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Human encounters


There are a number of posts in this blog about alarming and interesting encounters I have had with animals while out running, but only a few about human encounters.  Before going any further, however, I have to acknowledge that male runners face far fewer human threats than female runners. A number of females I know personally have been harassed and chased by men when out running, and we have all read stories about women runners assaulted and even killed.  I have always felt fortunate to be able to run almost anywhere I like without fearing human interference, and those few bad encounters I have had don't amount to much.

A few scary incidents have already been mentioned in this blog including being stopped by abusive Russian police while out running near Smolensk (see ‘No Visa’), being chased by two guys in a car and on foot while leading a half marathon (see ‘Unexpected Hazards’), and being followed by a guy whose car I had banged when he cut me off at a corner (see ‘A road rage story’).

Bucharest, Romania.

In the London suburb of Brixton, I sometimes felt quite intimidated by milling groups of black youths blocking the footpath during my evening running commute in the mid-1970s.  They never showed any inclination to move aside as I approached, and I always had to slow down and gently work my way through the group.  One time I received a good-natured whack across the butt with a cricket bat as I passed, but that was the worst that ever happened.

On another occasion in the mid-1970s, I was returning to our campsite from an evening run through the suburbs of Bucharest in Romania, when I met a group of loud young men and women walking towards me, line abreast, along a path.  They showed no sign of letting me pass.  I moved to the very left-hand side, where there just room to squeeze through, but as I passed one of the guys pushed the girl on the end of the line into my path.  I just had time to drop my shoulder to absorb the impact and knocked the girl heavily to the ground.  Pandemonium broke out and I didn't hang around to see if the girl was OK, instead accelerating off into the gloom.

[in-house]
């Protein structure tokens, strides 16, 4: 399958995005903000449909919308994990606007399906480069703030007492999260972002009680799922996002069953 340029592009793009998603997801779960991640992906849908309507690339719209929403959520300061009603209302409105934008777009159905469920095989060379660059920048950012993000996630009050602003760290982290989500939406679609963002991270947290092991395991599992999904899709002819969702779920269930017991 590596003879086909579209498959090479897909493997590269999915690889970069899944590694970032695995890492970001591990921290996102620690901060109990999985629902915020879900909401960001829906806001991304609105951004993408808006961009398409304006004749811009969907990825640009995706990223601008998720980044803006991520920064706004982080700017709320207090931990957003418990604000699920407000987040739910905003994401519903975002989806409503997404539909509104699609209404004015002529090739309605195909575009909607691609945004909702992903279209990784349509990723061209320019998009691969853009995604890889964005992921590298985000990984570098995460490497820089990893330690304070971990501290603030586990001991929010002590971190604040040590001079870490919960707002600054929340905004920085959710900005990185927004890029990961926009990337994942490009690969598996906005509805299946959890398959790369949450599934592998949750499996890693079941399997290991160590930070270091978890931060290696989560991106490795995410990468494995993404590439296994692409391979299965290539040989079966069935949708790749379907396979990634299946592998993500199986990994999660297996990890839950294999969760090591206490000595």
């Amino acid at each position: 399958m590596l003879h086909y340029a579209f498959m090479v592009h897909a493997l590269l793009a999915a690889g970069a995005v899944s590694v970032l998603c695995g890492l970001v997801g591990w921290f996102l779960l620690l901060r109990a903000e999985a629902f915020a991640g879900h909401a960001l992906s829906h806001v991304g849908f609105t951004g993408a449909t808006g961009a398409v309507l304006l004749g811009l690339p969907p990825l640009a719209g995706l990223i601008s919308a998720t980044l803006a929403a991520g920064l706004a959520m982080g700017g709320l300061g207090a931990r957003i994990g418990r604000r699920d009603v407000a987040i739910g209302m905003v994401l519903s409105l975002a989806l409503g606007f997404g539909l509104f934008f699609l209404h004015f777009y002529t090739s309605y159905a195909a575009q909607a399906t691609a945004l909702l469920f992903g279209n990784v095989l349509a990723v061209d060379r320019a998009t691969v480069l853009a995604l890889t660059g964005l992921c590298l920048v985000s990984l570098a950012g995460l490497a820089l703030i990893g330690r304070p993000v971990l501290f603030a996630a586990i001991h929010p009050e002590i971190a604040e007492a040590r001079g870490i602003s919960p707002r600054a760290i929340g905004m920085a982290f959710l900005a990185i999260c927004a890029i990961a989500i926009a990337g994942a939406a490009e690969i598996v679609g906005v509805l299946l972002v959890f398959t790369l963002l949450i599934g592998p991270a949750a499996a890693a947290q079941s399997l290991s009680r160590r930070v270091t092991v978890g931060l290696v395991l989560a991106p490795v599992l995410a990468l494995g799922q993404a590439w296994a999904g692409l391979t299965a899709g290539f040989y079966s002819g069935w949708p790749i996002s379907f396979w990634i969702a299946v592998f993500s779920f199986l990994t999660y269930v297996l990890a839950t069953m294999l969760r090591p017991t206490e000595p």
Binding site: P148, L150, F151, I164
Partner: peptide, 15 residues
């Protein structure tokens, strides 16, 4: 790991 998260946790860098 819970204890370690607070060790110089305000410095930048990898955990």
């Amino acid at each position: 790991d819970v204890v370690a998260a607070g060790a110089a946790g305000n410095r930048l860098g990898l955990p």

Swan Street Bridge, Melbourne.

The only other physical encounter I can recall occurred when running across Swan Street Bridge in Melbourne one warm summer evening.  As I passed an intoxicated young guy coming the other way, he suddenly and unexpectedly swung his fist hard into my stomach.  Although briefly winded, I recovered and angrily approached him demanding to know why he had hit me.  Putting his bag down, he struck a defensive pose.  Rather than fight, I quickly grabbed his bag and ran further across the bridge.  A small crowd gathered as I hung the bag over the railing, threatening to drop it into the Yarra River below.  In the end, I cooled down, threw his bag back to him, and continued my run.

I have heard of runners being hit by objects thrown from cars, but that has never happened to me, although I did once cop a milkshake while out riding my bike.

Elwood coastline with Melbourne skyline
in the background.

Perhaps the most interesting human encounter I ever had was in the early 1980s during my regular Wednesday evening 20 mile run which incorporated a long stretch on paths along the coast of Port Phillip Bay in Melbourne’s inner suburbs.  One very warm summer evening, on a more remote stretch of the path in Elwood, two young women were walking towards me along the path wearing towelling robes, apparently having been swimming or sunbathing.  I saw them exchange words and then just before I reached them, they said ‘Ta Dah!’ and both flung open their robes to reveal nothing was being worn underneath.  I must have looked shocked (and I was), and heard them laughing loudly behind me as I continued on my way.

I ran a slow and lethargic 15km this morning on the roads with a few hills.  My legs still felt heavy and stiff from Sunday's long run, although I was moving more freely by the end.  When breathing harder on the hills, I'm still occasionally getting a feeling of pressure in my chest at the base of the sternum, but there's no other evidence of a problem and I'm inclined to pass it off as just the result of breathing harder.  My resting pulse rate is now back below 40, where it was before I had the heart and lung problems late last year.